Wildcats look to keep Buffaloes from tightening grip on Pac-12 South

TUCSON, Ariz. -- When Arizona and Colorado last met a year ago in Boulder, the Wildcats were playing well and the Buffaloes were laboring through an injury-riddled season.

As they head into Saturday night's game in the desert, the roles have reversed.

Arizona has been decimated by injuries, particularly in the offensive backfield, has yet to win in the Pac-12 and will not be going to a bowl game for the first time since 2011.

No. 16 Colorado is relatively healthy, already bowl-eligible and has plenty to play for, leading No. 13 Utah by a game in the Pac-12 South.

"I do think our guys have been in that situation before," Colorado coach Mike MacIntyre said of Arizona's struggles. "They understand everybody's going to show up to play. It doesn't matter what everybody else says or what everyone's saying in the classroom. They've been in that exact same situation. Hopefully they feed off that memory."

Colorado (7-2, 5-1) has been one of the biggest surprises of the college football season.

The Buffaloes were picked to finish last in the Pac-12 South this year after winning five Pac-12 games in five seasons since joining the conference, including a 1-8 record in 2015.

Colorado is already bowl-eligible for the first time since 2007 after wins against Arizona State, Oregon, Stanford and UCLA, teams the Buffaloes were a combined 0-18 against prior to this season.

Colorado moved up to No. 12 in the second College Football Playoff rankings and can take the Pac-12 South if it wins the final three games.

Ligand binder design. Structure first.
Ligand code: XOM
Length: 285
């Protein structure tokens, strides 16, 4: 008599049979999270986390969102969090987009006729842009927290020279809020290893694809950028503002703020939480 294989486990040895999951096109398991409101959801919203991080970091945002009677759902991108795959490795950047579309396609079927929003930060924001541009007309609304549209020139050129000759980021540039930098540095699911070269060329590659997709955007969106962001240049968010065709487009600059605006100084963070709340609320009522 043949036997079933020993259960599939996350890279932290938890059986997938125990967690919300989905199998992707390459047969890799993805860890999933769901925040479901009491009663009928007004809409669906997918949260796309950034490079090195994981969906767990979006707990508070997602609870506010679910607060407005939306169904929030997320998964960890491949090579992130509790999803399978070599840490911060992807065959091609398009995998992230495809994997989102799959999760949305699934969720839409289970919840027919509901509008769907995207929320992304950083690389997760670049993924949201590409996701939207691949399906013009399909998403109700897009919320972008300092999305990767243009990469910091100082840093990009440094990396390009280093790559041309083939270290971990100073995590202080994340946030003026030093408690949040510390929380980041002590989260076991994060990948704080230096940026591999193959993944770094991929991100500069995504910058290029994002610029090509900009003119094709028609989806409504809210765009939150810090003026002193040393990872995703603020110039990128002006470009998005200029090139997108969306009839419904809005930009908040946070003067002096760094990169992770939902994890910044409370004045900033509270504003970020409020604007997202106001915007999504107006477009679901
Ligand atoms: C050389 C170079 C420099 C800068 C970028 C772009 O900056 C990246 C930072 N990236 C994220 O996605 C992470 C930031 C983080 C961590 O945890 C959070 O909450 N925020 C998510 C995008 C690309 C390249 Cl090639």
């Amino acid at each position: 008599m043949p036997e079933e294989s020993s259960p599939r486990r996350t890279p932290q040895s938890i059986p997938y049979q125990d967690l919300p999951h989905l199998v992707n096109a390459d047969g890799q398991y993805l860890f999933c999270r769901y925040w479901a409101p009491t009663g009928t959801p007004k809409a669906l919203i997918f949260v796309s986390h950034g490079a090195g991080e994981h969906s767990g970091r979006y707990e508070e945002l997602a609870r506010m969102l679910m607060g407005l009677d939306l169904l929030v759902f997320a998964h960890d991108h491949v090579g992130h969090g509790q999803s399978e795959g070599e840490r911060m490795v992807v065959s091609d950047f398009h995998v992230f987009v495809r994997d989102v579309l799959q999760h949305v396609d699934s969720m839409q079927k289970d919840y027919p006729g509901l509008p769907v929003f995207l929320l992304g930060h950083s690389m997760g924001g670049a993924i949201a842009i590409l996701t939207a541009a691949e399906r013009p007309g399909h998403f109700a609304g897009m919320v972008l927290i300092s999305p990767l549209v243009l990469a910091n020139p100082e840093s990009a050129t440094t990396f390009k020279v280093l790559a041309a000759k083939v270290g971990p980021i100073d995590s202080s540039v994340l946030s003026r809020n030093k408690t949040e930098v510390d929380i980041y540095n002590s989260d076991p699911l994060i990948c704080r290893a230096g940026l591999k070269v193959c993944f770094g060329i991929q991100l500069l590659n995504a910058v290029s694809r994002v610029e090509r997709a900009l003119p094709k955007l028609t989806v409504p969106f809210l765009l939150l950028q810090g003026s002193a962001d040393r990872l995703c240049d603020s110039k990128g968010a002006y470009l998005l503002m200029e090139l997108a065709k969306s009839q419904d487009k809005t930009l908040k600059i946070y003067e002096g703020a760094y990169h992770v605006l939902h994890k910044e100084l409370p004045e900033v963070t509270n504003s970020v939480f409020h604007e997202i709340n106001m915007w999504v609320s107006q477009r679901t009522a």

"They've stayed healthy, they've played hard, they're well-coached and they have a lot of confidence right now," Arizona coach Rich Rodriguez said. "They're playing really good football and we'll get a really good team coming here on Saturday night."

Rodriguez's team has struggled.

A year ago, the Wildcats were hit hard by injuries at the linebacker spot. This season it's been the offensive backfield.

Arizona (2-7, 0-6) has its top quarterbacks, Anu Solomon and Brandon Dawkins, healthy again, but had to use a third-string tight end at quarterback at one point. The running back depth got so bad that Samajie Grant, a midseason convert from wide receiver, has become the starter.

The Wildcats will not become bowl-eligible for the first time since 2011 and are coming off a 69-7 shellacking by Washington State.

"There's no excuse for that poor performance," Rodriguez said. "You have to look at it and learn from it. There's a lot of young guys that are playing that need to learn from it."

A few more things to look for when Colorado plays at Arizona on Saturday night:

ARIZONA RUN GAME: The Wildcats have racked up more than 1,400 yards rushing in their past four games combined against Colorado. They'll have a tough time keeping up that pace on Saturday. Rodriguez said this week that Nick Wilson, Arizona's main running back to start the season, likely won't play the rest of the year due to his latest injury. Arizona was already thin at running back and while Grant has been solid after switching positions, the Wildcats may have a hard time running the ball against the Buffaloes.

LIUFAU'S TASK: Colorado quarterback Sefo Liufau was banged up against UCLA last week and has struggled to get Colorado's offense running at full speed the past two games. He'll have a chance to break the Buffaloes and himself out of that funk this week against Arizona. The Wildcats have the nation's 117th-ranked overall defense and are giving up 272 yards passing per game, 111th in the FBS.

COLORADO'S START: Colorado has a chance to start a season 8-2 overall and 5-1 in conference for the first time since 2001, when it played in the Big 12. The Buffaloes also are looking to win two straight league road games for the first time since winning three straight in 2004, when they beat Kansas, Nebraska and Oklahoma State in the Big 12.